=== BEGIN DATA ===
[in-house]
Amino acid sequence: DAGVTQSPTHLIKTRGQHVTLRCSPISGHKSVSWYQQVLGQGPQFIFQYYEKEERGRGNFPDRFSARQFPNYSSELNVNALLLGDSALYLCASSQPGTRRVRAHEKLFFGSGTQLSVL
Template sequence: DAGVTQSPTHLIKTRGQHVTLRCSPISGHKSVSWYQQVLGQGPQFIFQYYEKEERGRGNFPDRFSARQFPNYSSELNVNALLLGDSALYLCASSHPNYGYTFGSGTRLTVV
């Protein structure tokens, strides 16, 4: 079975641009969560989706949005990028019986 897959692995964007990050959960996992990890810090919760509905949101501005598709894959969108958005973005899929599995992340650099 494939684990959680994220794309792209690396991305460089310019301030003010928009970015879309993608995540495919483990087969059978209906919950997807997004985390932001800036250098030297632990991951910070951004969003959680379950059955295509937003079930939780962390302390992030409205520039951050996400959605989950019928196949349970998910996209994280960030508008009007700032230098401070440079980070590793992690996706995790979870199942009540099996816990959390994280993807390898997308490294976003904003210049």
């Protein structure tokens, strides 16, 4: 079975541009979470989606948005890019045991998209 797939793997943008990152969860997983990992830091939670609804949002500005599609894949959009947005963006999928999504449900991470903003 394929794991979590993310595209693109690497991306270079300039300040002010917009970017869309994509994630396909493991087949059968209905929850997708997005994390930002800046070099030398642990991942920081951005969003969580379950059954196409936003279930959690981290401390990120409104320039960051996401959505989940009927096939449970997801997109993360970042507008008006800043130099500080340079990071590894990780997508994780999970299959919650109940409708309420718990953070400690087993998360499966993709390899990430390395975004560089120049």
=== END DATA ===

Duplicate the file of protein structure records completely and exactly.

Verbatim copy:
[in-house]
Amino acid sequence: DAGVTQSPTHLIKTRGQHVTLRCSPISGHKSVSWYQQVLGQGPQFIFQYYEKEERGRGNFPDRFSARQFPNYSSELNVNALLLGDSALYLCASSQPGTRRVRAHEKLFFGSGTQLSVL
Template sequence: DAGVTQSPTHLIKTRGQHVTLRCSPISGHKSVSWYQQVLGQGPQFIFQYYEKEERGRGNFPDRFSARQFPNYSSELNVNALLLGDSALYLCASSHPNYGYTFGSGTRLTVV
């Protein structure tokens, strides 16, 4: 079975641009969560989706949005990028019986 897959692995964007990050959960996992990890810090919760509905949101501005598709894959969108958005973005899929599995992340650099 494939684990959680994220794309792209690396991305460089310019301030003010928009970015879309993608995540495919483990087969059978209906919950997807997004985390932001800036250098030297632990991951910070951004969003959680379950059955295509937003079930939780962390302390992030409205520039951050996400959605989950019928196949349970998910996209994280960030508008009007700032230098401070440079980070590793992690996706995790979870199942009540099996816990959390994280993807390898997308490294976003904003210049």
């Protein structure tokens, strides 16, 4: 079975541009979470989606948005890019045991998209 797939793997943008990152969860997983990992830091939670609804949002500005599609894949959009947005963006999928999504449900991470903003 394929794991979590993310595209693109690497991306270079300039300040002010917009970017869309994509994630396909493991087949059968209905929850997708997005994390930002800046070099030398642990991942920081951005969003969580379950059954196409936003279930959690981290401390990120409104320039960051996401959505989940009927096939449970997801997109993360970042507008008006800043130099500080340079990071590894990780997508994780999970299959919650109940409708309420718990953070400690087993998360499966993709390899990430390395975004560089120049």